So, I am going to attempt to give an overview of their career as I have interpreted it, covering each album and give a glimpse of what they were about, together with why, despite my personal connection, they mean so much to me.
(I have featured a lot of video and audio links from Youtube. Many of these video clips have been transfered from very old VHS tapes and as a result, visually the quality is not the best, nor is the audio. But they give a glimpse of how brilliant this band were and for that reason are worthy inclusions. Personal thanks to all who put these up at the bottom of this piece.)
FANX TA RA (1977)
Their debut album Fanx Ta Ra was released in 1977 in the height of punk and represented all that that movement despised. A progressive, inventive, and expertly crafted work of melodic rock music. It sparked controversy with its front cover, supposedly depicting the image of a naked female looking forlornly as her lover/rapist is seen walking out of the door. Despite the controversy, the content within the album is exceptional, and remains (if I was forced to make a choice) probably my favourite record of the bands.
“Babylon” burst into life with pummelling drums and great descending guitar riff before melding into an acid-jazz flavoured verse. Paul Young’s vocals show their power early on and the chorus line gives us the first glimpse of the vocal harmonies that are so prevalent during their entire career. The mid-section see’s them segue into a Santana influenced beat with chanted harmonised vocals and Ashley Mulford’s guitar work taking centre stage. Its an astonishing opening to a debut album and still sounds fresh over 30 years later.
“Shellshock” bristles with piano-lounge smoothness with funky chorus riff as Young sings of encounters with ladies of the night. The song again shows off Mulford’s incendiary guitar playing as the song ends up as full on funk-rock fest.
“Hungry Eyes”, a haunting, acoustic ballad is the first time Young’s soulful vocals are allowed to show their tenderness after the raw power showcased on the opening couple of numbers. After the acoustic opening and tender delivery of the vocals, the chorus arrives bringing with it Vic Emerson’s sweeping, lush orchestration that wraps the chorus up and pummels it into your head. The string-laden middle eight is a gorgeous example of the bands epic capabilities. Young’s vocals reach heights that you would not have expected them to, based on what had been shown so far, and the string arrangement is absolutely stunning. As the song progresses Young’s vocals show their power once again as the song reaches its climax, before gently bringing the song to a close with the haunting acoustic riff.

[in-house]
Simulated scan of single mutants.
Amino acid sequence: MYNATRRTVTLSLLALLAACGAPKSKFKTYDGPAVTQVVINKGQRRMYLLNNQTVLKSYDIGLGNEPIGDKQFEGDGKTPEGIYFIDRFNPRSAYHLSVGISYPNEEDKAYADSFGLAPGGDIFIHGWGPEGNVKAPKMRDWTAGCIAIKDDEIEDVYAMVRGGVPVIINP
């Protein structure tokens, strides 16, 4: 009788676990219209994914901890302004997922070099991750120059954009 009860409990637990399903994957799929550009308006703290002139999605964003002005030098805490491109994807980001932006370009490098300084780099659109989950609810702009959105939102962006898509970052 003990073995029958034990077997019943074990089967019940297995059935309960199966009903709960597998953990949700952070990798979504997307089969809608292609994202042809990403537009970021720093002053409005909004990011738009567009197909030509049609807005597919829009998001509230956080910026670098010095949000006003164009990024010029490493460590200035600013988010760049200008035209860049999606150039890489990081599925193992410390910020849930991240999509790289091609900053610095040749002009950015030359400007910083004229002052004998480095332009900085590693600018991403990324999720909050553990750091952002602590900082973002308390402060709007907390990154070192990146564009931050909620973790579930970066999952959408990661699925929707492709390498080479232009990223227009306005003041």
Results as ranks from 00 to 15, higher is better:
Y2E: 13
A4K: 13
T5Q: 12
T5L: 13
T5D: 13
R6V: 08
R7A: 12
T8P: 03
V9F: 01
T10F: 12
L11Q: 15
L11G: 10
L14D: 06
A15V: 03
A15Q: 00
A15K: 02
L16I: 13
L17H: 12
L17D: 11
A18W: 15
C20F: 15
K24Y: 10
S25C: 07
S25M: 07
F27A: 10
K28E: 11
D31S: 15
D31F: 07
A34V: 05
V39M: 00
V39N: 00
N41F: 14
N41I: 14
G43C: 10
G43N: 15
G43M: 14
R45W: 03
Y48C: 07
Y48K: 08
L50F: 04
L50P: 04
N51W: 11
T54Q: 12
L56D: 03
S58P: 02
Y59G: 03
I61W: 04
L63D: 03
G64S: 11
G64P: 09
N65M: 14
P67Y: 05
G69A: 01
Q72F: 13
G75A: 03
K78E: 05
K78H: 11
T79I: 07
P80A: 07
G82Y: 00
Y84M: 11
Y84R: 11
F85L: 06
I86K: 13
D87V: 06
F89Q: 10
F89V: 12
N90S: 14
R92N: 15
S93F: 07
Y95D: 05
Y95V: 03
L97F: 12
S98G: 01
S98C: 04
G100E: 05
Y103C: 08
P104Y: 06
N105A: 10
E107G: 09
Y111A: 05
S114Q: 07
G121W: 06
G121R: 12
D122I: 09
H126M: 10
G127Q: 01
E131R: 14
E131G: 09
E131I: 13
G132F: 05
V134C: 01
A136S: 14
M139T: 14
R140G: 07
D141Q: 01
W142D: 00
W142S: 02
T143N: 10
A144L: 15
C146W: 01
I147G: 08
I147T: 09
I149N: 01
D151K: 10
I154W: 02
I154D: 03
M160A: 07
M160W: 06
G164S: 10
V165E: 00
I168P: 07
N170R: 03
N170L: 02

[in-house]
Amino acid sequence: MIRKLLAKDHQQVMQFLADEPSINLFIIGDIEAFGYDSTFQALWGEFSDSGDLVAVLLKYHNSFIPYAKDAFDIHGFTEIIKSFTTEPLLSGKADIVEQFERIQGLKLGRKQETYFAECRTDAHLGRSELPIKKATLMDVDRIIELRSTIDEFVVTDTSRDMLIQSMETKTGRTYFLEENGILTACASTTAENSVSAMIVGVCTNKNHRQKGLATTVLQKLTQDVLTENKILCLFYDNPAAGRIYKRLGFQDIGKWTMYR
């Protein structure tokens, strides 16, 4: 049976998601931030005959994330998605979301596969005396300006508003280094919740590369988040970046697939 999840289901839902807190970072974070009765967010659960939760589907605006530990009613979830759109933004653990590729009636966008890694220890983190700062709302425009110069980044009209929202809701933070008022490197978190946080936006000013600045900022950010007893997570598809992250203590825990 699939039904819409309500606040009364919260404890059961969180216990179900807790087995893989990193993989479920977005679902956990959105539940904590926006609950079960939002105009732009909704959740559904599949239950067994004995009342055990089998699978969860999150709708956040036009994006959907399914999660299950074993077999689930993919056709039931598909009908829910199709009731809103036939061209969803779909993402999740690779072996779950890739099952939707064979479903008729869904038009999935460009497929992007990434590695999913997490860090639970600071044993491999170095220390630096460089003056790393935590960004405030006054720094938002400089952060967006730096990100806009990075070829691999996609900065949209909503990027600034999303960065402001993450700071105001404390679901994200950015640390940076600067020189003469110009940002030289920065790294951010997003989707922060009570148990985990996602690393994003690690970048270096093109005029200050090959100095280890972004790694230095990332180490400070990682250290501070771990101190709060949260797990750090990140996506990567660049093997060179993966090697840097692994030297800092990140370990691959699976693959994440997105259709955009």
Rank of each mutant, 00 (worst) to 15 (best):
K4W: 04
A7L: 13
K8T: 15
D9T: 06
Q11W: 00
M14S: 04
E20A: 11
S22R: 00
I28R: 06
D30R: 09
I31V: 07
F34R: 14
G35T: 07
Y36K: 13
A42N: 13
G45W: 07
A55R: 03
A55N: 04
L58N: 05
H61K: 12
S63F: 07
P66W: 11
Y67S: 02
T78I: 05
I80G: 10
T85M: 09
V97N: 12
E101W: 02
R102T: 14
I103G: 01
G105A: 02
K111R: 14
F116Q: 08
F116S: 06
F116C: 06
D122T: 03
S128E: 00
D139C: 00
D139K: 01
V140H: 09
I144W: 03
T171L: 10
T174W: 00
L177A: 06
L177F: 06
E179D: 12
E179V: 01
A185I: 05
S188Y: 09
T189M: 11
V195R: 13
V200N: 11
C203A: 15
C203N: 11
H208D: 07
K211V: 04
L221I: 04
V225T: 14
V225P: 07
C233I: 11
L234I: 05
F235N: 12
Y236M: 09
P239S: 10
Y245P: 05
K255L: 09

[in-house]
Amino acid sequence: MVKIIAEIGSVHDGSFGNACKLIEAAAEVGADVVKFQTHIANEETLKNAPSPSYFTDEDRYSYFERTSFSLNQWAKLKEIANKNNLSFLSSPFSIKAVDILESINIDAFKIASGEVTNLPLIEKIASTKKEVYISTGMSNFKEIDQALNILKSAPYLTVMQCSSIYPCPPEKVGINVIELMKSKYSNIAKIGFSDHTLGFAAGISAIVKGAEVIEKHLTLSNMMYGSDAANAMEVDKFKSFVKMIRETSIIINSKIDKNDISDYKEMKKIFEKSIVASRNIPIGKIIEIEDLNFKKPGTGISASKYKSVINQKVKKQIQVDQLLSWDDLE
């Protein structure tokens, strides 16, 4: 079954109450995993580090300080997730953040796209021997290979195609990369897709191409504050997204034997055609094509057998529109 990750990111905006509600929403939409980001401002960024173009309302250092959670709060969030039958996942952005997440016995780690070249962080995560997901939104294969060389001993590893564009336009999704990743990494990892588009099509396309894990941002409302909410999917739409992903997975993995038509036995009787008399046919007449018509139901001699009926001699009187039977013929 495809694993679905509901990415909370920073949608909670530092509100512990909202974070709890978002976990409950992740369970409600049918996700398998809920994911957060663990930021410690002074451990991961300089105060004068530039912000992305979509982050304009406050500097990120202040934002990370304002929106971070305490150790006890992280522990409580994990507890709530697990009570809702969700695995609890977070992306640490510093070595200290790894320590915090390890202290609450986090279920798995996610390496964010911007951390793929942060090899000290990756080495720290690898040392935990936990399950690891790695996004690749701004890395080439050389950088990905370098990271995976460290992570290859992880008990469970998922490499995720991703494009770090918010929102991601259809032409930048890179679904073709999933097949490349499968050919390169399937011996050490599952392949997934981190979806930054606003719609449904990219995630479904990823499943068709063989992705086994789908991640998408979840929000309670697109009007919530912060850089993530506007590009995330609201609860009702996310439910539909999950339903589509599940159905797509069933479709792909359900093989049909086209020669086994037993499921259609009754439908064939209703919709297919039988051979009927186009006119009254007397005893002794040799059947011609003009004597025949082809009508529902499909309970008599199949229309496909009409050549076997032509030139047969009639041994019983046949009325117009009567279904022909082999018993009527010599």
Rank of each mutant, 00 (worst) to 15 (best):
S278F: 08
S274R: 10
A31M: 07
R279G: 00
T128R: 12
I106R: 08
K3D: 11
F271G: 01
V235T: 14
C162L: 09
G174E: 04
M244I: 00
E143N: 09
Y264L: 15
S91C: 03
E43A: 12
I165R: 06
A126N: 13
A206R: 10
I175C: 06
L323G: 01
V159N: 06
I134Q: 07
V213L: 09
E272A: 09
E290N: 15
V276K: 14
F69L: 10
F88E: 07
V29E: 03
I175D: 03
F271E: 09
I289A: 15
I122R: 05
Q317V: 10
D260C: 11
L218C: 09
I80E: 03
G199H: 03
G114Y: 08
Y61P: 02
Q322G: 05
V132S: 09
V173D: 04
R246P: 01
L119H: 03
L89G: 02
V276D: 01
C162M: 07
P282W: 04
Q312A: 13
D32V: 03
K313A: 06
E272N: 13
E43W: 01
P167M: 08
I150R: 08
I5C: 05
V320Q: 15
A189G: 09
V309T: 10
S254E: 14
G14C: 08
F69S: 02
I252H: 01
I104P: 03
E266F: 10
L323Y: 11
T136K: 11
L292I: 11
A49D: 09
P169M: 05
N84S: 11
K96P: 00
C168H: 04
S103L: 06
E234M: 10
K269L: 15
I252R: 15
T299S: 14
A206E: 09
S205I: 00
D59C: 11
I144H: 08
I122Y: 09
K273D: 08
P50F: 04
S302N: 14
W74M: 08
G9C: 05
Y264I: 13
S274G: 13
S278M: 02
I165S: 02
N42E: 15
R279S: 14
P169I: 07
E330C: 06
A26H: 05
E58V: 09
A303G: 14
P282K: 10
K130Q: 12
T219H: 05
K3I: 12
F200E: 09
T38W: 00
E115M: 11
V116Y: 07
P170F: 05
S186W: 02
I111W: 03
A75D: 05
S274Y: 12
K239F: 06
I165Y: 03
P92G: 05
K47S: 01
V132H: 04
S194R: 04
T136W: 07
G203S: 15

Live Version of Hungry Eyes from The Old Grey Whistle Test
“Black Rose” sweeps in with a great keyboard hook and was a live favourite for the bands entire career. Probably the most obvious pop moment on the album with great chorus with amazing backing vocals and great guitar solo. Once again the song is driven by the exceptional keyboard and guitar work (a common theme throughout the album) and is a classic sing-a-long anthem.
The instrumental piece “The Further Adventures Of Mad Alan” is a organ driven slice of prog rock with crashing symbols and noddling guitar work dancing around a sinister chord progression. The song then falls into a laid back, almost Pink Floyd-esque, groove as Mulford does his best Dave Gilmour impression over swelling strings, before blending seamlessly into the heavy rock riff of the albums title track. The riff is so powerful it almost blows you off your feet with flecks of strings adding colour to proceedings. Another middle eight where the song is turned on its head with another Santana influenced guitar solo and fast tempo.
“Flingus Holiday” arrives with a jazzy drum and keyboard intro before Lenni takes centre stage with a joyful sax-led instrumental piece, which like the previous couplet of songs leads seamlessly into “Immortal”, with its thumping dark bass line and weird vocal tics as the story of an sinister, immortal old man unfolds and a great guitar solo as the song turns into a great sleazy rock song.
Another complete 360 degree turn appears with the arrival of “Sail On” with its subtle opening of slow, strummed guitar chords leading into stunning vocal harmonies on the chorus before the song becomes awash in strings, with intense musical bombast and impassioned vocals. Another example of how vocal harmonies start to become a key ingredient of the bands sound.